Thorny Devils

(Moloch horridus)

The Thorny Devil is marred with a wicked common name, and its Latin species name horridus doesn’t seem much better. In reality, it’s a slow-moving ant-eater, and horridus means bristly, referring to the reptile’s erect stance!

The Thorny Devil is a diurnal (day-active) reptile reaching 20cm in length. It's covered in thorny spines and sports a 'pretend' head on the back of its neck, which is thought to warn off predators.

They can be very well camouflaged. Photo Leanne Hales at Eurardy Reserve, WA.
They can be very well camouflaged. Photo Leanne Hales at Eurardy Reserve, WA.

Devils can change colour to blend into their surrounds, appearing mostly grey, red, orange or yellow.

Their gait is also remarkable: tail lifted, they walk along with slow, jerky movements backwards and forwards. This might be a defence mechanism to confuse predators when they're spotted in the open (see video).

How do these lizards survive in water-parched arid Australia? During the night dew condenses on their bodies, and in the morning they brush up against dew-covered grass. Then the hygroscopic (moisture-attracting) grooves between their scales channel this water to their mouths! The same process occurs when it rains.

Essentially, capillary action allows the lizard to suck water from all over its body – an amazing adaptation! They're also thought to bury themselves in sand, in extreme circumstances, to draw moisture from it.

A face that only a mother could love. This Thorny Devil was found at Bon Bon Station. Photo Gillian Carter.
A face that only a mother could love. This Thorny Devil was found at Bon Bon Station. Photo Gillian Carter.

The species holds cultural importance for many Aboriginal groups – for example, the Anmatyerre/Alyawarr people of the Northern Territory have a dreaming story surrounding the species.

Where do Thorny Devils live?

Their range covers most of arid Australia – large parts of Western Australia, the southern half of the Northern Territory, South Australia and western Queensland. They live in dry sand country, spinifex grasslands and scrub.

It may be a well-known species, but scientists are still somewhat unsure about its distribution and population size. The International Union for the Conservation of Nature (IUCN) has graded it as 'Of least concern' on its Red List.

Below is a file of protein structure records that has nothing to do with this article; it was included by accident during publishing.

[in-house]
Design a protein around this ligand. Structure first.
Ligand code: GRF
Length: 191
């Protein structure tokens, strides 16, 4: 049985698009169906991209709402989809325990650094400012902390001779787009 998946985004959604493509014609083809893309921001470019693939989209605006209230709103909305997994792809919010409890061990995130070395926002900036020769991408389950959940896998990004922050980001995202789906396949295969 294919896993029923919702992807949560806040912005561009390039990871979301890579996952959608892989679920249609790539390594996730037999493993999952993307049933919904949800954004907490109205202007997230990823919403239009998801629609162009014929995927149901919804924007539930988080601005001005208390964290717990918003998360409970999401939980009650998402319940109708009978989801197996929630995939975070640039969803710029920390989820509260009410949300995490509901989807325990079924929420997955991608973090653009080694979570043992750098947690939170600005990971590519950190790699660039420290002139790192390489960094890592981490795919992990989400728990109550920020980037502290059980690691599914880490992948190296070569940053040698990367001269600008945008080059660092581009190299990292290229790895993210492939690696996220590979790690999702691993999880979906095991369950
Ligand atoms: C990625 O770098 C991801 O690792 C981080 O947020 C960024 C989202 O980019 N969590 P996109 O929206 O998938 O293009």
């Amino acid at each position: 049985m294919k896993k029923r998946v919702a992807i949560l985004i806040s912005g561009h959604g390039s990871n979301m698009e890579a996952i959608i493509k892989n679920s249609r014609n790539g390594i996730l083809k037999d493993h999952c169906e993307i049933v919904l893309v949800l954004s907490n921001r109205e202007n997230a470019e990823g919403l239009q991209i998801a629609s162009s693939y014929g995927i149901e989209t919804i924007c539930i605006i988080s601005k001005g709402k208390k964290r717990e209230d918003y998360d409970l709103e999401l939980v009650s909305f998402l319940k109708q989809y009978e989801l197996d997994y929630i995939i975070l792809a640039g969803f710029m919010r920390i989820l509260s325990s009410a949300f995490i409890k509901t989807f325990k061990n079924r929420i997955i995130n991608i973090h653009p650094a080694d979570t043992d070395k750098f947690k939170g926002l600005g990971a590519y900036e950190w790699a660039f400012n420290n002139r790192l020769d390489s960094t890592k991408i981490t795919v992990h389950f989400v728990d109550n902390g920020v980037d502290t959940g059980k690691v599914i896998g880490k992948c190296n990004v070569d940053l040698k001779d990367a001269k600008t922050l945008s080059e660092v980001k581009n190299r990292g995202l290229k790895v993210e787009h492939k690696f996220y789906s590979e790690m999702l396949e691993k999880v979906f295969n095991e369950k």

The Thorny Devil looks frightening up close. Photo Ben Parkhurst.
The Thorny Devil looks frightening up close. Photo Ben Parkhurst.

Thorny Devil behaviour

Head-bobbing and leg-waving is how a male Thorny Devil attracts a mate. Courtship complete, the female then lays 3 to 10 eggs in a chamber burrowed 30cm deep in the soil. Depending on the temperature, the eggs hatch after three to four months. Young start eating almost immediately.

Thorny Devils eat ants. In the morning and late afternoon they locate a trail and lap them up with their short, sticky tongues. In one day an individual can eat thousands of ants! This diet seems to suit them just fine: they can live to be 20 years old in the wild.

Threats to Thorny Devils

Natural predators include Goannas and predatory birds such as the Brown Falcon. Being entirely reliant on ant populations, the Thorny Devil is vulnerable to habitat loss and disturbance.

Being ectotherms (which get their body heat from external sources) they’re at risk of being run over while basking on warm roads.

Thorny Devil Bushgift card.

A Thorny Devil Gift Card is a virtual gift that supports our work in arid Australia, providing habitat for desert dwellers such as the Thorny Devil.

See our bushgifts card range for more.

What's Bush Heritage doing?

Thorny Devils are found on our Charles Darwin, Hamelin and Eurardy reserves in Western Australia, as well as Cravens Peak and Ethabuka in Queensland.

They’re also found in the Birriliburu Indigenous Protected Area where we partner with the Martu people – Traditional Owners of this country – to support important work such as reinstating traditional fire patterns, Bilby monitoring and fauna surveys.

Donate today to help us continue this and other vital conservation work. Most of our operating costs are funded by generous individuals. Donations over $2 are tax-deductible and we can't thank you enough for your support.